Hooray for Experts

Sometimes an archivist is lucky enough to work with a collection relating to a topic they know well but more often than not (and perhaps this is even luckier) archivists find themselves cataloguing material about which, in the beginning at least, they know as much as a certain Jon Snow. I imagine it’s similar for book editors who get to read about subjects they’ve previously never heard of. However, to be able to make informed appraisal decisions and then arrange and present the material in a meaningful context, ideally preserving provenance and original order, it is necessary to spend some time researching the collection’s creator, be it organisation or individual.

There can, at times like these, be no substitute for having an expert on hand; someone who has worked in the field or even created the records themselves. Experts can provide not only knowledge, but details about records and processes which cannot always be picked up from secondary sources.

I am delighted to have such an expert available to advise and help me make sense of the Lothian and Borders police archive. Dr John McGowan is not only an ex-Edinburgh policeman but has done his own extensive research into the history of policing which has resulted in two in-depth books on the subject:

A New Civic Order: the Contribution of the City of Edinburgh Police, 1805-1812; with Reflections on Social and Public Order, 2013

Policing the Metropolis of Scotland, 2010

One thing that Dr McGowan has been at pains to impart is that the police have always been involved in so much more than simply fighting crime; a fact that the records themselves bear witness to. He has frequently said that there will be a police record for every letter of the alphabet – well there’s a challenge that I couldn’t let pass!

So here’s Part 1, letters A-H:

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Aliens Register for West Lothian for the period 1916-1918

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Billiard Room License book

CasualtyRecordResized

Casualty records – accidents and fires in the County of West Lothian

DogsResized

Dogs – Lost and Found register

EventsResized

Events – Police Orders for the Commonwealth Games 1986

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Firearms Registers

General Orders Music Resized

General Orders – instructions from the Chief Constable

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Hackney Cab Licences

 

Handlisting Highs and Boxlisting Blues

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Contents of a box including film reel, handbooks and old photographs

Imagine standing at the start of a 6m long and 4m high shelving stack filled with faceless brown boxes not knowing what any of them contains.   It’s like looking at a blank canvas waiting to be filled.    Fast forward 8 weeks and the canvas is almost complete; the boxes have  become familiar friends, the stories, voices and pictures held in each one have been revealed bit by bit, piece by piece and now each box, far from being faceless and silent, has colour and personality.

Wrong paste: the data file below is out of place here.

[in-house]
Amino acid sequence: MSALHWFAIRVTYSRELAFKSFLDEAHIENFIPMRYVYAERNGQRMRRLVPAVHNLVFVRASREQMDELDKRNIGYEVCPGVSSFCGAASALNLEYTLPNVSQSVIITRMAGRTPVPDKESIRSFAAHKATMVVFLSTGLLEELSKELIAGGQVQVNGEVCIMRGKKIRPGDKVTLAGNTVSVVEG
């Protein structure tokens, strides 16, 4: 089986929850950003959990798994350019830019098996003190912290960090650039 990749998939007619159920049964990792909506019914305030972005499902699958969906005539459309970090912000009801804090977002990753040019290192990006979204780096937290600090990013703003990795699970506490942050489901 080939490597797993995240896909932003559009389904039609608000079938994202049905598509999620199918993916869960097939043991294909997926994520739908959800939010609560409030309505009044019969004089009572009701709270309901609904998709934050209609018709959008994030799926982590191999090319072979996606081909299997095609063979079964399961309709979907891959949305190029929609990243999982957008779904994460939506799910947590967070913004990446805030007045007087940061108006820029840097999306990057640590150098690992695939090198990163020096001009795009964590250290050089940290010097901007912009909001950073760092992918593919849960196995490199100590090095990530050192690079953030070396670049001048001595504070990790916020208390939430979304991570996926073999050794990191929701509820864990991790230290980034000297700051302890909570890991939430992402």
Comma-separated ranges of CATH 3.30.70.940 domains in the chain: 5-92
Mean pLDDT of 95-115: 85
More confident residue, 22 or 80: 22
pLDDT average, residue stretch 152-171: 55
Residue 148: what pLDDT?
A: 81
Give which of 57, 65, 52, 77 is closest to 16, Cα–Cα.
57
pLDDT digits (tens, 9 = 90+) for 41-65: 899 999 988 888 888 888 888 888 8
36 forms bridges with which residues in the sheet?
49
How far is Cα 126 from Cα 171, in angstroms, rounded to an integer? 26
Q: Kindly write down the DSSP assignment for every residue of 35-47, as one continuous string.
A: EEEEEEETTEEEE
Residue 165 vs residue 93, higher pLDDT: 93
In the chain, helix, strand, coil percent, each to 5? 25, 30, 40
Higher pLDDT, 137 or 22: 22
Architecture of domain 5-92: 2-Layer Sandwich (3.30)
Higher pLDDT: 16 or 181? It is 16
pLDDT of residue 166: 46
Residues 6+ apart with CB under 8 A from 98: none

I invent nothing, I rediscover – Auguste Rodin

While boxlisting, records which have been untouched for years are re-opened; the past is not invented but (hopefully) recorded and it is the archivist’s job, if not to rediscover it, then certainly to pave the way for others to do so.

It’s been fascinating to see a picture of the history of the Edinburgh police emerge from the many boxes, volumes, plans and photographs lining the shelves. The police have been involved in so many aspects of our everyday lives, not just fighting or preventing crime, and with each box opened an extra layer is added to the picture. I’m beginning to gain an understanding of the intensive and all encompassing nature of police work.

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Leith Police Force 1906

There are high points such as royal visits, community engagement, amateur dramatics and award ceremonies but also extreme lows from sudden and tragic deaths to missing persons and horrific murders.   To open up a box is to become immersed in all these stories and some days the stories have happier endings than others; as an archivist I can leave it behind at 5pm but officers working on difficult cases would surely not have had that luxury.

Aim of Handlist

There is something liberating about a handlist. It is the catalogue’s wildling cousin; unpolished, staying out all night not caring about order or responsibility.

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Linlithgow County Constabulary Warrant Card 1901

It provides a summary of what the collection contains and then allows appraisal to take place and the material to be arranged into an ISAD(G) compliant catalogue.  Extra information which may be needed further down the line is also captured – storage, conservation requirements, outreach possibilities, accessibility issues (particularly pertinent in police records) to name a few.

This particular collection has come in to the archives in dribs and drabs from several different police stations and there is little evidence of original order.  Having said that it’s been important to scrutinise each box carefully as the contents of some have revealed themselves to belong to specific individuals and such is the nature of a career in the police that, alongside a murder file, may be the minutes of the force’s football association.

And Finally…

nonsense

It’s not! But sometimes it can be hard to work out what some material is and why it is together

Did I mention having to put on my coat to make the long walk to the bathroom – “old school” as a former colleague said with a wry smile; perhaps this is a rite of passage all archivists must go through…..